Ousted president defies warnings, heads for home country
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Honduras President Manuel Zelaya was due to arrive back in his country on Sunday, one week after he was ousted in a coup. The interim government has warned his plane will not be permitted to land.
AFP - Shouting "down with the traitorous coup leaders" and "we love Mel" -- the nickname of ousted President Manuel Zelaya -- thousands of angry Hondurans headed for the capital's airport on Sunday.
"We're coming from Choluteca (southern Honduras) because we want to accompany Mel on his return and guarantee that nothing happens, because he is the constitutional president of Hondurans," said Roberto Rios, a supporter.
Some covered their faces with bandanas, carrying metal poles and planks of wood as they marched through the streets of the capital Tegucigalpa.
Coup leaders vowed on Sunday to prevent Zelaya's plane from landing, hoping to thwart his attempt to reclaim the presidency one week after he was ousted.
Amid growing tension in anticipation of Zelaya's arrival, soldiers surrounded the airport, where airlines had suspended flights and thousands of his supporters planned to gather.
Rios, a worker in a shrimp packing factory, arrived from the countryside with many union members, women's, farm workers and indigenous groups, after traveling for several days.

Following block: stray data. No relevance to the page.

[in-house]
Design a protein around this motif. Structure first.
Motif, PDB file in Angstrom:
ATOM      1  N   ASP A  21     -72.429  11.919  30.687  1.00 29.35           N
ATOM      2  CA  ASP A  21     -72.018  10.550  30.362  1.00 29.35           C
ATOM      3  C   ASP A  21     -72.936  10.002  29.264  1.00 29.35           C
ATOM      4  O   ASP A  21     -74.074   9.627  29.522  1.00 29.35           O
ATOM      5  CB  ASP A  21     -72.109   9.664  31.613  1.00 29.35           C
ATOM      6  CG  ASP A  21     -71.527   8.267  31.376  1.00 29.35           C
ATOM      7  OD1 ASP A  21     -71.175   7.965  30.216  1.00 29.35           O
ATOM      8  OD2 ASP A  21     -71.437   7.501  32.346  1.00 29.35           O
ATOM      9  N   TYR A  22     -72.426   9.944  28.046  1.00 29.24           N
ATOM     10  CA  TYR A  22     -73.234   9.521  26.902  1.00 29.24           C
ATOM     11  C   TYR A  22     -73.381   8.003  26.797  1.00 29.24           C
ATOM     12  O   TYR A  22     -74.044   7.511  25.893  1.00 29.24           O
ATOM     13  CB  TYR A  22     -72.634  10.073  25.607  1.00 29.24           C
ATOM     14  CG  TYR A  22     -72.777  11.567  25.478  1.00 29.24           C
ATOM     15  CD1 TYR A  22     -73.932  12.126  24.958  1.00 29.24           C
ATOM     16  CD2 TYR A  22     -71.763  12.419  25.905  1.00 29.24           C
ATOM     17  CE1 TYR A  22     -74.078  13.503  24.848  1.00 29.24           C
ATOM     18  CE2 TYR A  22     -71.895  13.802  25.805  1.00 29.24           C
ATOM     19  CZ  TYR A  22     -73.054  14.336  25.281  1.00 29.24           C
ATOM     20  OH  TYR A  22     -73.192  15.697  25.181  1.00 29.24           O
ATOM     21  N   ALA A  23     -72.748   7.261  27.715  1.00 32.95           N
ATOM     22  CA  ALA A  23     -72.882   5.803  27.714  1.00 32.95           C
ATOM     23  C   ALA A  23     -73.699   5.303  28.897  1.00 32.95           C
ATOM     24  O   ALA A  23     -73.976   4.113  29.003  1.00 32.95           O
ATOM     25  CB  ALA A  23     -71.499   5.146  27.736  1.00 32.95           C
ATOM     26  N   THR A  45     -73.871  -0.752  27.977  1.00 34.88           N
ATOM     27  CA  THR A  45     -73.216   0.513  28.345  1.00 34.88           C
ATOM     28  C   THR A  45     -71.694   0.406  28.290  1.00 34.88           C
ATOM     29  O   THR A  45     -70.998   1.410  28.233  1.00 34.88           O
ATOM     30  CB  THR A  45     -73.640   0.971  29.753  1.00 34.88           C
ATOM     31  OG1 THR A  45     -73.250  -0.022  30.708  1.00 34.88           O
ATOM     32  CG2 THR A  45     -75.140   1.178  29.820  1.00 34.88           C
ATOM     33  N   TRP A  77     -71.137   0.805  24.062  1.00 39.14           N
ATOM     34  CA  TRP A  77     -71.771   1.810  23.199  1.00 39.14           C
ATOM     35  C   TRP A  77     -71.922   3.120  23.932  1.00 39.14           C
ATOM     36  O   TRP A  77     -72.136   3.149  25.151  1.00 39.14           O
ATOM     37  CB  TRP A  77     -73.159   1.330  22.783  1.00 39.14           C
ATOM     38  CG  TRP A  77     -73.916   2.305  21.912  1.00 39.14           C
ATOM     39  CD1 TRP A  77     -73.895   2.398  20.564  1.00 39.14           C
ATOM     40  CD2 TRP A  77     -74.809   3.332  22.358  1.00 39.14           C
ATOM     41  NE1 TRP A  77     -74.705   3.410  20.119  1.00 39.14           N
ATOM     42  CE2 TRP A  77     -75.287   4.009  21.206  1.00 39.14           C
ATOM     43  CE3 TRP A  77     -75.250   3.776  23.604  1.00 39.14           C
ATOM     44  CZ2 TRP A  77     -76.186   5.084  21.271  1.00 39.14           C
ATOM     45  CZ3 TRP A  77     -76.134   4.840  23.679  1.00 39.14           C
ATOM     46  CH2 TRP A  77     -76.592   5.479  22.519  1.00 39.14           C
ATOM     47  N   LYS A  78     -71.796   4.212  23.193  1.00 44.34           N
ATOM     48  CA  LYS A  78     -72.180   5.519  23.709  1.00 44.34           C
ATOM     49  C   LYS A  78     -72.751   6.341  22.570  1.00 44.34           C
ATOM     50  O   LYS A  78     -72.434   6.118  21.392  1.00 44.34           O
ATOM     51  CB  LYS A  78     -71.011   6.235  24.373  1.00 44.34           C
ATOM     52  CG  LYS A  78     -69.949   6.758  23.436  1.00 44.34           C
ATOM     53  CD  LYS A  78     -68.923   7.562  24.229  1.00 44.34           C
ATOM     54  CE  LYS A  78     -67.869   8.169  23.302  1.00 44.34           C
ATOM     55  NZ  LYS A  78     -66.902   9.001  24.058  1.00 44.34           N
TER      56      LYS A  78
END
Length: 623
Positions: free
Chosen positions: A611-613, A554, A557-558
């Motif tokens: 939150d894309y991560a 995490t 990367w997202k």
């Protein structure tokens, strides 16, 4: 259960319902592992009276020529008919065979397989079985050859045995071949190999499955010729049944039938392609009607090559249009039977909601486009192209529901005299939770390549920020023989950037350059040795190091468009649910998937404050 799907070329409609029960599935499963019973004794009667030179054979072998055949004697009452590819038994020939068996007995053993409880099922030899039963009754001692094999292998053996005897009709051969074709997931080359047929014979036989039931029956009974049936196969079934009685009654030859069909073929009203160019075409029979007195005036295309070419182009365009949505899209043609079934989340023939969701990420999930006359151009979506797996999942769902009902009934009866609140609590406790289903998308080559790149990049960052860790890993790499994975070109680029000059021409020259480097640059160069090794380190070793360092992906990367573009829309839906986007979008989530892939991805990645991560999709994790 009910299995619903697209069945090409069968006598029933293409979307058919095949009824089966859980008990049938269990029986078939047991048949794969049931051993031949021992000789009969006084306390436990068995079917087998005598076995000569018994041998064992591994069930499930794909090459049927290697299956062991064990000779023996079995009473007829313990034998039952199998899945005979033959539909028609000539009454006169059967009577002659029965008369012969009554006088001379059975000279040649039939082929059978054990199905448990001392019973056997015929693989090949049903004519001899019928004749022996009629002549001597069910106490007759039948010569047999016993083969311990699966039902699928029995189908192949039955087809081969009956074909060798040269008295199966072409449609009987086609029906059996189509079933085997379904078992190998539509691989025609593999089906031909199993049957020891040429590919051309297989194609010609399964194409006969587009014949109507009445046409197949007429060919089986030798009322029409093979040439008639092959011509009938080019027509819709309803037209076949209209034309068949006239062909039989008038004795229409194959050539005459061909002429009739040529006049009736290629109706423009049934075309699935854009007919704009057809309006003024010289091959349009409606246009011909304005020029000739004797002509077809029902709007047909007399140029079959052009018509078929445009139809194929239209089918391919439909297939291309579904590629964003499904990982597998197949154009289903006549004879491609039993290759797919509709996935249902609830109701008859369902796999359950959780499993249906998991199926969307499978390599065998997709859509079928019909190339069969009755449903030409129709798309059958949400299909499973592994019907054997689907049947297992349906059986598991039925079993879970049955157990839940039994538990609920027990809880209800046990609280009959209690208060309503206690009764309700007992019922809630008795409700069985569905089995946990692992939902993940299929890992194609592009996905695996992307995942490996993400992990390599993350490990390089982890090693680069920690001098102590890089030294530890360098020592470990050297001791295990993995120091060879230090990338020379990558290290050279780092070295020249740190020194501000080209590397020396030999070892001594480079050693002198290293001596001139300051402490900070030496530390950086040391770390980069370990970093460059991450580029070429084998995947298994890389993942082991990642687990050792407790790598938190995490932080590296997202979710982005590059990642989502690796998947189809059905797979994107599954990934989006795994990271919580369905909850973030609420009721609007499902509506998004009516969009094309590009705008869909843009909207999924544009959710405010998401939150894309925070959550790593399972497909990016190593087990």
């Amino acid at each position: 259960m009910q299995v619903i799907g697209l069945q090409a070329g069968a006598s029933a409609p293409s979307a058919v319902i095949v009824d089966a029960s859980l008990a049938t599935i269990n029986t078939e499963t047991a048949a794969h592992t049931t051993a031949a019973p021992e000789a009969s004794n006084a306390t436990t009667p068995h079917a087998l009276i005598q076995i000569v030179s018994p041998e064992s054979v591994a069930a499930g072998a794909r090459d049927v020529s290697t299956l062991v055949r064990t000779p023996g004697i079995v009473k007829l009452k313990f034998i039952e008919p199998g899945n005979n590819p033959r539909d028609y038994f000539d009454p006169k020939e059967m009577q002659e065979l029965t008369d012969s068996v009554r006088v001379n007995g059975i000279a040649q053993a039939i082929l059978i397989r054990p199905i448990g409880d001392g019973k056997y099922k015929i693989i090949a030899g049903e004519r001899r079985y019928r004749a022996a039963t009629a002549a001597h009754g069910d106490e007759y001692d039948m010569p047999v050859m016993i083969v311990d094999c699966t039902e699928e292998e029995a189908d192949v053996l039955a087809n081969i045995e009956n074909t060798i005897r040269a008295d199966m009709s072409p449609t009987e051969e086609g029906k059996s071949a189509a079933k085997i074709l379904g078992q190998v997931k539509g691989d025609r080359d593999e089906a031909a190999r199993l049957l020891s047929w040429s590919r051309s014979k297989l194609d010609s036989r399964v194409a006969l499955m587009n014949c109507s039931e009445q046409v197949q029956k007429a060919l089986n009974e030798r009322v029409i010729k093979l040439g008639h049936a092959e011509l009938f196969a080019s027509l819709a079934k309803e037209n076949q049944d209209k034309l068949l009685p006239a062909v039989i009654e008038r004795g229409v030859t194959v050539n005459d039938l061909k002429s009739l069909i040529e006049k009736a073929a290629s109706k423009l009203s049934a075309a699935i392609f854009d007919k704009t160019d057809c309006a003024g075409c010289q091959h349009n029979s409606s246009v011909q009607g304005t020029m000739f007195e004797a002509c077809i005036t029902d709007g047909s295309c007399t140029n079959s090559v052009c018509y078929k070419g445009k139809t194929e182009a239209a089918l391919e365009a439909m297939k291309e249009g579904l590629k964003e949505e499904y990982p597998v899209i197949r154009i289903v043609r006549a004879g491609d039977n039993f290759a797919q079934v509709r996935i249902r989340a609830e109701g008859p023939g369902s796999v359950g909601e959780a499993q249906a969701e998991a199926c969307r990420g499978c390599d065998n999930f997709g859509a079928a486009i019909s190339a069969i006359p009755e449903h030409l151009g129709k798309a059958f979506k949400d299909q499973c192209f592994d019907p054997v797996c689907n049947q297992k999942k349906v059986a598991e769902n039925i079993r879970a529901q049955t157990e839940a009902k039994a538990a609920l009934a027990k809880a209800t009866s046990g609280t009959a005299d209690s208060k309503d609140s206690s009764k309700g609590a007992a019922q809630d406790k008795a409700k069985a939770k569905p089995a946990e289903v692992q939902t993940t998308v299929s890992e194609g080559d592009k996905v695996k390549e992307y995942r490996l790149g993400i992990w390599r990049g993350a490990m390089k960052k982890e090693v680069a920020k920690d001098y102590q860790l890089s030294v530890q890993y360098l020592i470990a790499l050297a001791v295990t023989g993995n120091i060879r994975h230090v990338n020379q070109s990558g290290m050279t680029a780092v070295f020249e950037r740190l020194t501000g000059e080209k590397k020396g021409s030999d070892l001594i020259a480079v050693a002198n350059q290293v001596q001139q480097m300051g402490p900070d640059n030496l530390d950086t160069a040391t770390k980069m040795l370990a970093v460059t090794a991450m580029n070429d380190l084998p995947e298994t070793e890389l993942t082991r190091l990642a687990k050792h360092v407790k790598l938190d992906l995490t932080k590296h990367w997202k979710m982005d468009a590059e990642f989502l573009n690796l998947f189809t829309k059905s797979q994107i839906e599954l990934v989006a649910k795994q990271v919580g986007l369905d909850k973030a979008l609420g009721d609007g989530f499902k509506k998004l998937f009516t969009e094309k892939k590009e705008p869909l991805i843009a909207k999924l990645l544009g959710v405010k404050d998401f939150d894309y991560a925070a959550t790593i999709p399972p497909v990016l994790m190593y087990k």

One union leader, Marisol Velasquez, said she had been roughed up by soldiers at road blocks on her three-day journey to reach the capital.
But that didn't deter her from demonstrating ahead of Zelaya's expected arrival.
"I imagine there'll be blood and I'm ready for it. We're not afraid," Velasquez said.
"If soldiers crackdown, there'll be lots of violence in Honduras."
So far, some clashes have broken out between the army and protesters. It was unclear exactly how many people had been injured and detained.
Many camped down in universities, labor union buildings and schools for several nights to await Zelaya.
Union leader Rafael Alegria estimated that up to 100,000 Zelaya supporters would take to the streets to welcome him, despite measures to block them by the interim government of Roberto Micheletti.
Zelaya has vowed to return from Washington, where the Organization of American States voted to suspend the Central American country late Saturday for failing to reinstate him.
Micheletti's supporters say the army was justified in ousting Zelaya because he had called a referendum to change the constitution that they claim he planned to use to extend his rule.
"We're not going to let the country fall in the hands of those people," said Oscar Garcia, a 57-year-old farm worker.
Amid confusion over whether Zelaya would make it back, one union leader said that scores of taxis had headed to a US military base around one hour away from the capital.
Protest leaders said that they were making every effort to prevent violence.
"We're peaceful. We're only calling for the law to be followed," said Julio Barahona, a union leader who denied accusations from the interim government that Zelaya's leftists allies Nicaragua and Venezuela were backing them.
"They say that to justify the repression," Barahona said.
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